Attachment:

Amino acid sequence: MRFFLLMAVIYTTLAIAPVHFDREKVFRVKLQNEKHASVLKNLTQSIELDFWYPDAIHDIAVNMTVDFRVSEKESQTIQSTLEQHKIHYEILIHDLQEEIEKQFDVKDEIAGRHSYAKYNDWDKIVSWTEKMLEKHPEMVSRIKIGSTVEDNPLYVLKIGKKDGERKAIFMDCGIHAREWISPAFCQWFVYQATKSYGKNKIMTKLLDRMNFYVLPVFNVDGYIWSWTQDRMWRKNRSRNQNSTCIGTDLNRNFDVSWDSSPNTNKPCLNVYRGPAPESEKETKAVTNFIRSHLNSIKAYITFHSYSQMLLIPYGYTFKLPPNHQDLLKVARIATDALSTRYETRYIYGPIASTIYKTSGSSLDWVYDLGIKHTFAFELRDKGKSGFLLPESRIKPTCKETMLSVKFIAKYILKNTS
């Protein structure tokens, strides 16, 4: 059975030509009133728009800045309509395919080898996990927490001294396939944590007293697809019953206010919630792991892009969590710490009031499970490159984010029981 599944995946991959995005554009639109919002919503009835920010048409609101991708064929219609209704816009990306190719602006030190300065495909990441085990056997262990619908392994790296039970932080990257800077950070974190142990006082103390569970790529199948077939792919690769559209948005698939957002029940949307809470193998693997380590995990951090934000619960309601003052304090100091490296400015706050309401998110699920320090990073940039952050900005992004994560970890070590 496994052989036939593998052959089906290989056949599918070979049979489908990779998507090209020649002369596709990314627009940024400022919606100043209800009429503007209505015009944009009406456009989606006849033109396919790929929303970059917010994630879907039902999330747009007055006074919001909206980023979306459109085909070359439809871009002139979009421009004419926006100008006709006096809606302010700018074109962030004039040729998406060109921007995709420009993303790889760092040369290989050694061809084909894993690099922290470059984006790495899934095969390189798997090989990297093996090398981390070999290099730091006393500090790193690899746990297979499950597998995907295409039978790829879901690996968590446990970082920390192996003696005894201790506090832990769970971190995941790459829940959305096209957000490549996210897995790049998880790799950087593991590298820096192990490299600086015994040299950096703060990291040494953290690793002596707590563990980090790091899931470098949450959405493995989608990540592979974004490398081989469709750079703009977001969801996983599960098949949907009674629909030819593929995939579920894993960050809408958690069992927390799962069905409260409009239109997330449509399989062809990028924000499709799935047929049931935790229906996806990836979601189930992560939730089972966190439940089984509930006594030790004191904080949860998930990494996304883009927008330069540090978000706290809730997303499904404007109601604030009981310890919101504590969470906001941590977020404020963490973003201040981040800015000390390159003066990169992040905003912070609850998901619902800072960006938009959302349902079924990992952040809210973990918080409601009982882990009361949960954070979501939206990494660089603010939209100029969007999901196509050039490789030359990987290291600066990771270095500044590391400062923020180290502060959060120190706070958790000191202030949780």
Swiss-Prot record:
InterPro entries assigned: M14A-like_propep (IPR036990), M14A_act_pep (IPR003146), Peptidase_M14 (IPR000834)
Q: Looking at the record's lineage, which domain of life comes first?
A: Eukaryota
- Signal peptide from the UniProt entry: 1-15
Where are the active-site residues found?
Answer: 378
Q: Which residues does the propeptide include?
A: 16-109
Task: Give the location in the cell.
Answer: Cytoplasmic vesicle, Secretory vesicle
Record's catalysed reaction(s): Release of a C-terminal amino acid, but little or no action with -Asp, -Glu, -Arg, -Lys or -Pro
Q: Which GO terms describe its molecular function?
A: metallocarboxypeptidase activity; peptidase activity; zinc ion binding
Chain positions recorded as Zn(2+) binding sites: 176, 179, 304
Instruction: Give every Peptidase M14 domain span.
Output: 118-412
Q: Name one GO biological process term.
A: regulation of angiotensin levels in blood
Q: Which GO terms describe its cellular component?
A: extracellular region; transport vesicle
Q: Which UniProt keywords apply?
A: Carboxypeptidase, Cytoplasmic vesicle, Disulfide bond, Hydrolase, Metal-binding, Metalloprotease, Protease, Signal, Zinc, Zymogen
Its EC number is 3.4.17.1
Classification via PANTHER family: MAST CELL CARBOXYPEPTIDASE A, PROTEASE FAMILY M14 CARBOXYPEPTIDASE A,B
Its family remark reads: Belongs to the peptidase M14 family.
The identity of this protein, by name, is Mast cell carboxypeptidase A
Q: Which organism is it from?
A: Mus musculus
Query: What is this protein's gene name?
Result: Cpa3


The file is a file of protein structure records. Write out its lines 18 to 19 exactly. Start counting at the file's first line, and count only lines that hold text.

Instruction: Give every Peptidase M14 domain span.
Output: 118-412